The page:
Chicago's Willis Tower (formerly the Sears Tower) is experimenting with solar windows, and if the pilot works out, they plan to scale to 2 megawatts (MW).
Two windows on the skyscraper's 56th floor were replaced with solar windows developed by Pythagoras Solar last year. Each generates 120 watts of electricity - about the same as a typical solar cell on a roof.
The technology simply sandwiches a solar cell between two panes of glass, and a reflective prism directs sunlight onto the solar cell while also letting daylight through.
Energy harnessed by the transparent solar windows reduces heat gain, and therefore cooling costs as well as generating electricity.
Founded in 2007, Pythagoras Solar makes a solar window that delivers energy efficiency, high power density and optimized daylighting. General Electric awarded Pythagoras with a $100,000 grant to further its technology.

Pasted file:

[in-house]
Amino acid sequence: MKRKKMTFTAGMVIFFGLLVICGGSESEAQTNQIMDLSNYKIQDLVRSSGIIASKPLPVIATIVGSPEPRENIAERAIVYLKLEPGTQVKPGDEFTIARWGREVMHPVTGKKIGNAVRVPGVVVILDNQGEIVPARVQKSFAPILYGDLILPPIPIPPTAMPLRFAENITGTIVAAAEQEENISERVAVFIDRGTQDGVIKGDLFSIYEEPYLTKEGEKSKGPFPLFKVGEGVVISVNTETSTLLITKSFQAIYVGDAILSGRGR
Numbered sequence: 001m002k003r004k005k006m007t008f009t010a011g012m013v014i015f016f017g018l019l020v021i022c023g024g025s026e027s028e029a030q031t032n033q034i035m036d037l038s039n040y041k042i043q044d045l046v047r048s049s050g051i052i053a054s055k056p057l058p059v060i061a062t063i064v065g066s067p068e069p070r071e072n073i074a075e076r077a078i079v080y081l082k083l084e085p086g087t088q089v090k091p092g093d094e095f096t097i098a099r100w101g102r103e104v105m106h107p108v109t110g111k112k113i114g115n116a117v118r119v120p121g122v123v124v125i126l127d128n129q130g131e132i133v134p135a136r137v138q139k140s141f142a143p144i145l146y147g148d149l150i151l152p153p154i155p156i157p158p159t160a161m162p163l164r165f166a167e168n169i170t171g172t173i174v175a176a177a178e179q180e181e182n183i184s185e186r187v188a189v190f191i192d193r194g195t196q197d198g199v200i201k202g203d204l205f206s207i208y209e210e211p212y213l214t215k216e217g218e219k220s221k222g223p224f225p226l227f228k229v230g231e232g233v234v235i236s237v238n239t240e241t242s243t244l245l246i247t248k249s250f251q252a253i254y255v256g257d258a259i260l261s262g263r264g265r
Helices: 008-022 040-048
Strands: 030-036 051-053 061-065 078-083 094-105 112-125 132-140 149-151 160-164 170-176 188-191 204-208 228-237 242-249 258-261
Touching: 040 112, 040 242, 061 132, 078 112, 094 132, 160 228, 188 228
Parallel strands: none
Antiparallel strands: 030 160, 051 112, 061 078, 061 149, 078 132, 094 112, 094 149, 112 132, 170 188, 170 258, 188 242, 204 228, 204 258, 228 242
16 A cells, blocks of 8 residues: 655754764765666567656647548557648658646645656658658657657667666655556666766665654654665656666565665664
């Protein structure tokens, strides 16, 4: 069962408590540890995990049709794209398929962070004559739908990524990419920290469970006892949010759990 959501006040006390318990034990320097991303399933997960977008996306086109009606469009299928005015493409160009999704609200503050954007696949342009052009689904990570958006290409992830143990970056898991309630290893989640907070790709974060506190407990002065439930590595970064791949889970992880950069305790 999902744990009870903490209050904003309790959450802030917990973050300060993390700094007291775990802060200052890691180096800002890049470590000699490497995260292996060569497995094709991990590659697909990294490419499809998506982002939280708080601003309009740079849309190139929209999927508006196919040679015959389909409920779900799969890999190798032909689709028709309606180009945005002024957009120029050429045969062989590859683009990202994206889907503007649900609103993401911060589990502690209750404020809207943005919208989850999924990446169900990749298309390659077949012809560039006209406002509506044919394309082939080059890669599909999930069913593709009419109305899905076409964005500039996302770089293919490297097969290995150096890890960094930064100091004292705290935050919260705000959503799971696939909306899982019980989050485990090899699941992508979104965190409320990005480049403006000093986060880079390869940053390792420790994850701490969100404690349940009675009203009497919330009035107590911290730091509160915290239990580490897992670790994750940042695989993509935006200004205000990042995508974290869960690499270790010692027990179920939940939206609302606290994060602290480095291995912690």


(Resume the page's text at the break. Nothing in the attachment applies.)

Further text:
Last month they put 20 windows at the Wisconsin headquarters of Organic Valley, the largest organic farmer coop in the US.
"We hold ourselves to a high standard when it comes to sustainability - it is embedded in our culture. By adopting these innovative windows, we are also helping to pave the way for this technology, which has the merit to become a standard in the design and construction of net zero energy buildings," says Cecil Wright, VP of Sustainability and Local Operations for Organic Valley.
Since solar windows provide diffused light, rather than glare, the company can turn off artificial lights, and since less heat penetrates, they're reducing the energy needed to cool the building.
Another really interesting solar window technology being developed by New Energy Technologies (NENE.OB) and National Renewable Energy Lab (NREL) can produce solar energy in both natural and artificial light. It can power indoor lights, appliances, and even the rotor blades on a small helicopter.